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A Day in the Life

The Return to School

 - a cause of moaning or of celebration? It depends on your point of view of course.  That is the point - perspective. 

Facts are facts, circumstances are circumstances. But the same facts and the same circumstances can be viewed in different ways. The optimist and the pessimist live in the same world, but research shows that one is generally much happier than the other, and curiously, likely to remain healthier than the other (1).
On average, optimists appear to be more successful, healthier, longer living, less likely to suffer from depression and less anxious. 

It was once thought that we were born optimists or pessimists, but this turns out to be only partially true.  Seligman discusses the inheritance of optimism and pessimism in twins acknowledging that although there is clearly a genetic component, environment is at least 50% responsible for the developing attitudes of children(2). It is also true that whatever our genetic tendencies, we can choose to follow, or not, that inbuilt inclination. Interpreting the events of the day is a constant choice - and we can choose to be optimistic or pessimistic in our outlook. It is easier for some than for others, but it is always a choice.  There is a view that ‘optimists’ live in something of a dream world, and that ‘pessimists’ may claim to be ‘realists’ in a mean world. But choosing positively leads us to work for a better future, not because we are blind to a mean world, but because we want to help to make the world a better and more hopeful place.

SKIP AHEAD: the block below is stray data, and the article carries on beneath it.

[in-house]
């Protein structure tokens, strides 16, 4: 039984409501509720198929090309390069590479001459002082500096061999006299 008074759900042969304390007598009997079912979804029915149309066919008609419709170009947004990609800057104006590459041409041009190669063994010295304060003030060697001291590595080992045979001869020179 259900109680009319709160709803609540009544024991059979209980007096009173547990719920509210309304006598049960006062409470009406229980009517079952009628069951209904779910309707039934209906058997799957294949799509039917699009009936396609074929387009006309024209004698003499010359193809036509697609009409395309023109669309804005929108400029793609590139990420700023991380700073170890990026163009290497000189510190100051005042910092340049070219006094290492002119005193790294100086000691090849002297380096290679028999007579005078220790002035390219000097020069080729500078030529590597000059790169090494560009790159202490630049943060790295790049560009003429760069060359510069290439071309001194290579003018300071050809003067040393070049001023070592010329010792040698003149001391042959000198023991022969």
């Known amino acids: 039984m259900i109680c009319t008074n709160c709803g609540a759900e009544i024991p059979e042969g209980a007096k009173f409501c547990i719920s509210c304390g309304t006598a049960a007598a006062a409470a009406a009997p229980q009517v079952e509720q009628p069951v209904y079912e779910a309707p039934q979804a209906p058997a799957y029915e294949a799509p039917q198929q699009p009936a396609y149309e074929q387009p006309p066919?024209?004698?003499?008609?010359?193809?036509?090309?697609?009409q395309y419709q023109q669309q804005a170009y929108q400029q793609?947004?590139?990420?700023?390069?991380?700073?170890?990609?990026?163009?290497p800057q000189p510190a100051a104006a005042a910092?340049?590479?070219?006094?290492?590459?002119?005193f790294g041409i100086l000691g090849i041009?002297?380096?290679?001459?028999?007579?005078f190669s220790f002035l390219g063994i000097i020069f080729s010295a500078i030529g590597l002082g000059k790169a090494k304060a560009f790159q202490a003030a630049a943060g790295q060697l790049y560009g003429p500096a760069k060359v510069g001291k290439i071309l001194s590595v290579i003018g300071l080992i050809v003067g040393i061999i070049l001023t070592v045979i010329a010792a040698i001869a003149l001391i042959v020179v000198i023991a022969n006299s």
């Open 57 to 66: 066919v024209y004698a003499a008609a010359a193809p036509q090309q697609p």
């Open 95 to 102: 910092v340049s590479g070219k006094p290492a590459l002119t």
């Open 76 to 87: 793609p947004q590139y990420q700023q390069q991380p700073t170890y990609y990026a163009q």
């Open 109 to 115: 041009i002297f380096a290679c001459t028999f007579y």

So how can we teach optimism to our children?  We teach it first by living it - by choosing to interpret events in the best possible light. The glass is both half empty and half full. The facts are the same. But how do you choose to frame the world? How do your children see you framing the world? Second we encourage our children to speak and think positively, particularly about the future. We instil hope in our words and actions, we create an expectation that things can go well. 

Eric Idle’s “Always look on the bright side of life” may not be such a bad song to sing - go on sing a line …. Right now!!  and you may be singing it all day).

If you would like to think some more, you can listen to a podcast about fostering optimism & confidence in children here:

(1) Petersen C. Optimistic explanatory style and health p145 - 162 IN: Gillham, J.E, The Science of Optimism & Hope. Templeton Foundation Press, Radnor Pennsylvania. 2000.

(2) Seligman, M.E.P., The Optimistic Child. Houghton Miflin, New York. 2007.  p98